With so many things that need to be accomplished each day, it always helps to have all the information needed to complete these tasks. If a task has no context assigned to it or no insight into how to approach it, productivity and morale are going to suffer. To prevent this, you need to properly task out your team’s goals. Here, we’ve provided some practices to help.
Creating the Ideal Task
Many productivity gurus (and assorted other authorities on the subject) have lent their expertise and created a rubric to help do just this:
Step + Detail + Deadline + Context = Task
This rubric Is particularly useful for creating single tasks, as well as individual steps in a larger process. Let’s go into these four components piece-by-piece.
With each task, there is going to be some inherent action necessary, so you need to address what that action needs to be. Does someone need to research something, write something, or simply check into something? Tell them what needs to be done for their goal to be accomplished.
You also need to provide additional information concerning each task for context and clarity. This would include things like:
- The person or department who is responsible for completing this task
- The purpose of the task that they should strive to accomplish
- Why this task is important to the overall goal
- Where any resources can be found to assist with the task and general guidance to help complete it
Once you’ve outlined what the task is, you need to identify when the task should be completed by. This helps ensure that projects are completed in a timely fashion, with certain milestones achieved within a certain timeframe.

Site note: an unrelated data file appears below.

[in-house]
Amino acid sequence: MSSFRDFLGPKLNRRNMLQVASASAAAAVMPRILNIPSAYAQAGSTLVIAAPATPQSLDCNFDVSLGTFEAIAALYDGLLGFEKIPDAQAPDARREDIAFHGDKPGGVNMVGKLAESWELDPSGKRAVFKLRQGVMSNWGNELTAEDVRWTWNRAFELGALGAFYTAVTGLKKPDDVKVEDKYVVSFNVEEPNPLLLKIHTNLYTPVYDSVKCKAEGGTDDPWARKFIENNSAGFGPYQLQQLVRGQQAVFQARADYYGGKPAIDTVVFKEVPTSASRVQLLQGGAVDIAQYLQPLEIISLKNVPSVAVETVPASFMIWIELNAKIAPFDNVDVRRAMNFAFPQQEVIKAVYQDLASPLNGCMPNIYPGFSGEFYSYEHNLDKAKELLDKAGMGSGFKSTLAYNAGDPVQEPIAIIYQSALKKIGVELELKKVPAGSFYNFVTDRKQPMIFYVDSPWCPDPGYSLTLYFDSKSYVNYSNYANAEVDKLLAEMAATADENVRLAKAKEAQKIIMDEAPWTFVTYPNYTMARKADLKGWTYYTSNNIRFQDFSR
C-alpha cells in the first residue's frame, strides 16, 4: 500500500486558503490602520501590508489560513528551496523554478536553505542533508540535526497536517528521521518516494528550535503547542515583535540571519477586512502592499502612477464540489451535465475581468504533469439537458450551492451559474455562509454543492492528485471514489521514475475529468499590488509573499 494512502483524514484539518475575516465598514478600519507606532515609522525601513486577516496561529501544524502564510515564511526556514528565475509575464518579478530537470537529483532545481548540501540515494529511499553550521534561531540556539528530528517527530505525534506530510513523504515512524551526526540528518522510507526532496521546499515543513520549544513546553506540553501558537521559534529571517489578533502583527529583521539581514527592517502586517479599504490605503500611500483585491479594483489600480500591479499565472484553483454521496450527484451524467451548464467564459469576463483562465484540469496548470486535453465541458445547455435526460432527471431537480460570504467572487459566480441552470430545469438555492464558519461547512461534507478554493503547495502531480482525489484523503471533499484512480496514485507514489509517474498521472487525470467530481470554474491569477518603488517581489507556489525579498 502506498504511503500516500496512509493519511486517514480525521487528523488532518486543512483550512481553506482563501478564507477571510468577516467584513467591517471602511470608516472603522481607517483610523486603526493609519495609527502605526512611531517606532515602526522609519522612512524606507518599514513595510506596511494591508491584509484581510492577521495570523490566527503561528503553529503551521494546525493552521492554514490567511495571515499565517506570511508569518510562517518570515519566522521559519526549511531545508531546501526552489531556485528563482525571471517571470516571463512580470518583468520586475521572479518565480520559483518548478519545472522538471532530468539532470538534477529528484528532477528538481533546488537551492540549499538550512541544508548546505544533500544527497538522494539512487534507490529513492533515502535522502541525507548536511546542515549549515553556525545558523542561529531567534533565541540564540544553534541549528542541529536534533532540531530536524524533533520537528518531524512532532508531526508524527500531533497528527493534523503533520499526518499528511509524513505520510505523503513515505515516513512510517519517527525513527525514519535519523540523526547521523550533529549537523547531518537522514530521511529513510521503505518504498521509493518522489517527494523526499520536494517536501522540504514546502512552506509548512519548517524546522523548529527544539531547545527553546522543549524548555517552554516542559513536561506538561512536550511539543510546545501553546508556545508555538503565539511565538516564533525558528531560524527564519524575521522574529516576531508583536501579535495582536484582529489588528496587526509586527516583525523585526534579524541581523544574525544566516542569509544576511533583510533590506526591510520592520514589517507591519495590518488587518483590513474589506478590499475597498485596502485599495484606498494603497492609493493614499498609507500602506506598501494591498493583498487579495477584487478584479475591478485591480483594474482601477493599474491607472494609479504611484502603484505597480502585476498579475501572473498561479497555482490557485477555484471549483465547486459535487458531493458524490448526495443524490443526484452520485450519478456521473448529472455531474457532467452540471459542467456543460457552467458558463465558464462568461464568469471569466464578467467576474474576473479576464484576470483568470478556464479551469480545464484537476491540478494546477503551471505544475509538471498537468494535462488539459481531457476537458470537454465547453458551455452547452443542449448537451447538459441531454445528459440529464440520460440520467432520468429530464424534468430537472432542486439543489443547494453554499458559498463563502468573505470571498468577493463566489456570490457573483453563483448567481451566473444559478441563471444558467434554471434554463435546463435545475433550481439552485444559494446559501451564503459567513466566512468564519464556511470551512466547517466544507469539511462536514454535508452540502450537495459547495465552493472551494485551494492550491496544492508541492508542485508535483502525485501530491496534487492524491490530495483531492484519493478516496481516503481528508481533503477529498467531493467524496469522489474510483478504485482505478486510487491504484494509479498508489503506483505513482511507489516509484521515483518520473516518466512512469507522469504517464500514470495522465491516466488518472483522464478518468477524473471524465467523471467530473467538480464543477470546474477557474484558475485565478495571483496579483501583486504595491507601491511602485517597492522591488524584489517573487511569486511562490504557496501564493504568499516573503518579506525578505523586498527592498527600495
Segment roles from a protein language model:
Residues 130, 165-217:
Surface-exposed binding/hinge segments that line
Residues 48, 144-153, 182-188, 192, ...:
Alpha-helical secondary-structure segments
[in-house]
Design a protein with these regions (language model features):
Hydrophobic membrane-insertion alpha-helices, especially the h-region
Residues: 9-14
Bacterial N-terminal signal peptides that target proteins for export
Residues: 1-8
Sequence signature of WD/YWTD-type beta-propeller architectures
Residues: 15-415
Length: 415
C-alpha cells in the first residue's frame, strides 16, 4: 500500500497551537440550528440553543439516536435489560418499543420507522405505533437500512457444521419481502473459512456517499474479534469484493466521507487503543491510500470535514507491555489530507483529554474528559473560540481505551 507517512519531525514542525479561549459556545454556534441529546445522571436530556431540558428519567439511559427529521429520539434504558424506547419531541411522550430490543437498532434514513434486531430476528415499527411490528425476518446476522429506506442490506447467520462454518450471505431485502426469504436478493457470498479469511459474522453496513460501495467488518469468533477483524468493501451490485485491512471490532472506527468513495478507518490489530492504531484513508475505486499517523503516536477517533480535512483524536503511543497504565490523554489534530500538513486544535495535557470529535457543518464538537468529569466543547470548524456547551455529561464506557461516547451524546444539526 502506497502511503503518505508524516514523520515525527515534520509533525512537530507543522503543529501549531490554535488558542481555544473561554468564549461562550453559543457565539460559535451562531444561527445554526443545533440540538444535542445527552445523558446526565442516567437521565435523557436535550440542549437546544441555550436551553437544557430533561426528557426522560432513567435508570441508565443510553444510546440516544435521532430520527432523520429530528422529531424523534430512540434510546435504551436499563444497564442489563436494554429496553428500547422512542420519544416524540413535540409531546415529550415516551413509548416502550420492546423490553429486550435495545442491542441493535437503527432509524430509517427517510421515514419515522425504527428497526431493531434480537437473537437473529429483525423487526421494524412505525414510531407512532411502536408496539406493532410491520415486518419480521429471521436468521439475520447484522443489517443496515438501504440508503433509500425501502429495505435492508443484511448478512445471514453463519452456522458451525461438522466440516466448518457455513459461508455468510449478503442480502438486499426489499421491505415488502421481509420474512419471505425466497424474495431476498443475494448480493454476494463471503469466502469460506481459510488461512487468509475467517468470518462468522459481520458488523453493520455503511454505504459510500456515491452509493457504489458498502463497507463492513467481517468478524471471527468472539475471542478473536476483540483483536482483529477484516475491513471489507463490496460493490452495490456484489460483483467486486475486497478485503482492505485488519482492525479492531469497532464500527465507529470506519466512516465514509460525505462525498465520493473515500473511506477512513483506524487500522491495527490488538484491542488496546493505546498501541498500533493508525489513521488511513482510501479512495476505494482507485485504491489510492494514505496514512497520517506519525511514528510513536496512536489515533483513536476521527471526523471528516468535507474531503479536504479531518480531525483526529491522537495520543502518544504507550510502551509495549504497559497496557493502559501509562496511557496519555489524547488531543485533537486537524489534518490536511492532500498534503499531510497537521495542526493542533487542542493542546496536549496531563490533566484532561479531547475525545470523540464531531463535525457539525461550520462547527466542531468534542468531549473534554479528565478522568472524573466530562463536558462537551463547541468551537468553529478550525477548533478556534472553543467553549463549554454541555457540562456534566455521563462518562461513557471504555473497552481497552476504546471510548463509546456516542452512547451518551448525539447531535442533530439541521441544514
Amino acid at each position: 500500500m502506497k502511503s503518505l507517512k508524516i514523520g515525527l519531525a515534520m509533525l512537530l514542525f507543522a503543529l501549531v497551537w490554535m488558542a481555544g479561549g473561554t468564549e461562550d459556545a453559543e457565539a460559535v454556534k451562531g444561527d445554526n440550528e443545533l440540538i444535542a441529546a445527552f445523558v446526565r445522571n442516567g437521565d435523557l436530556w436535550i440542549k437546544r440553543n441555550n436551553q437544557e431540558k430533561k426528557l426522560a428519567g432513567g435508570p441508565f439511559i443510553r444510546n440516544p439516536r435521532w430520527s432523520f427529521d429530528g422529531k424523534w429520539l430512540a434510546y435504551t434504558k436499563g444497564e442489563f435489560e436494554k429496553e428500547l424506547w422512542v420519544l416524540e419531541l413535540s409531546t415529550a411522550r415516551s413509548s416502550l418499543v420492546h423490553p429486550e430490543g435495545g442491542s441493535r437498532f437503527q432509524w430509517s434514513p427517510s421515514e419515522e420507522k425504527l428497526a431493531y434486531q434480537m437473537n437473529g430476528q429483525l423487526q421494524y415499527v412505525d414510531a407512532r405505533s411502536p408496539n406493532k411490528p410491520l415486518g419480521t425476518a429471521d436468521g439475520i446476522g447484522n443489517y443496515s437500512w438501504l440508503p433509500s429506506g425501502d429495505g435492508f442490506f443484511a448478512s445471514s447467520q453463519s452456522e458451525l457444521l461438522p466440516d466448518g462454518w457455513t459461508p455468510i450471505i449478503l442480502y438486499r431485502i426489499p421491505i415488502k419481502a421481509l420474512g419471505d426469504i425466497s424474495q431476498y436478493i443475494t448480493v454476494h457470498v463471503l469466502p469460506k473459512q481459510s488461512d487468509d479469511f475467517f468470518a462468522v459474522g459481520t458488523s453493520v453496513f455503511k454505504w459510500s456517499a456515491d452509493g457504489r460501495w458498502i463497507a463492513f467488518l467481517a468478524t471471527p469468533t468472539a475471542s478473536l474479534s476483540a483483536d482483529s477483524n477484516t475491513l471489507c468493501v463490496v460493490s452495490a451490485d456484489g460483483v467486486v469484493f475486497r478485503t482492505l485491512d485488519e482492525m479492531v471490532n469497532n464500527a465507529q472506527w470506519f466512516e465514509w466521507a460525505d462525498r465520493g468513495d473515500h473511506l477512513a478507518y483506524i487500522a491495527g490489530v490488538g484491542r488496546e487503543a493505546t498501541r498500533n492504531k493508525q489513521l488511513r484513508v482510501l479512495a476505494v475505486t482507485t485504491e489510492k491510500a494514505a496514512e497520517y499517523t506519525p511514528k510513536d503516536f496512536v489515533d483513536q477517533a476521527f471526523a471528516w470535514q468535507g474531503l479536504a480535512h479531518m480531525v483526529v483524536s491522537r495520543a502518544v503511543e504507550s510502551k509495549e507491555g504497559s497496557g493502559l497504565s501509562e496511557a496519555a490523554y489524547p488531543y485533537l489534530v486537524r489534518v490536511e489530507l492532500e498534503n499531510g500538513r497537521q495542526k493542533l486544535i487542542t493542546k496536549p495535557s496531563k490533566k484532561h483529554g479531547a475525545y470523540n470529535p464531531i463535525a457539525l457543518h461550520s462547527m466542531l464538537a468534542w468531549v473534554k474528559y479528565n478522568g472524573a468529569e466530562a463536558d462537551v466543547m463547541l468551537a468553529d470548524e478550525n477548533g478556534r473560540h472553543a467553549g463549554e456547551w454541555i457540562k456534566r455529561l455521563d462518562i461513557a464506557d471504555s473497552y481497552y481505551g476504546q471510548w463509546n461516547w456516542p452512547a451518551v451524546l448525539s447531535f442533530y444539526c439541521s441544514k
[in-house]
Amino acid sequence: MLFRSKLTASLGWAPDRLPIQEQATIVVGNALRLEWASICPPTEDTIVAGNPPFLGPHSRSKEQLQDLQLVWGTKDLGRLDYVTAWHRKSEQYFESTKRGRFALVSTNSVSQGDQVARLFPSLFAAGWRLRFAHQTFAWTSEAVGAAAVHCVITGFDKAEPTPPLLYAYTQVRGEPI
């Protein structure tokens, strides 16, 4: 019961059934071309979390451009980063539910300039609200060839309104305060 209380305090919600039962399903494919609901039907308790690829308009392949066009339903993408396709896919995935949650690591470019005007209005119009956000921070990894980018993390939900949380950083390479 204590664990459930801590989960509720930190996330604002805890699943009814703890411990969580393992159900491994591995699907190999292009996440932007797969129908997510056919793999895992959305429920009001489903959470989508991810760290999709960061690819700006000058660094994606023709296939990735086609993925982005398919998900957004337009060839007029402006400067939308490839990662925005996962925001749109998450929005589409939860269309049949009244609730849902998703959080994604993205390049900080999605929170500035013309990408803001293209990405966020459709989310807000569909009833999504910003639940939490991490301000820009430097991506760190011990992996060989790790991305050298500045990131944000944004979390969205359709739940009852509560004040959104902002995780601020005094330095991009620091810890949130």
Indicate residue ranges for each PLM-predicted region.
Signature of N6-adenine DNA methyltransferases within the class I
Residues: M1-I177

Finally, you need to include other pertinent details about a task, including how much time may be spent on it, which project it is for, and what priority level it should have. This gives the person responsible for the task more information as they organize their schedule.
Let’s assume that you want to throw a surprise pizza party for your team, and so you wanted to give one trusted employee (we’ll assume he’s named Bob) the responsibility of ensuring the food was ordered ahead of time. The task you assign to Bob might look like this:
“Order Food for Staff Surprise Party on Friday
Assigned to BOB – Priority 3
*If unable to complete, please inform HR*
- 3:15 – Get credit card from HR and call Pizzeria Porfirio. Place order for three large pizzas with peppers and onion and 75 of their house special chicken wings to be delivered Friday at 4:45.
- 1:00 – Call Pizzeria Porfirio to confirm delivery”
That’s all there is to tasking out a process for your team to follow. There are also software solutions available to make this even easier for you and your team, so long as you keep these practices in mind and completely task out the things you assign to others. The clearer the process is, the more likely it is to be successful.
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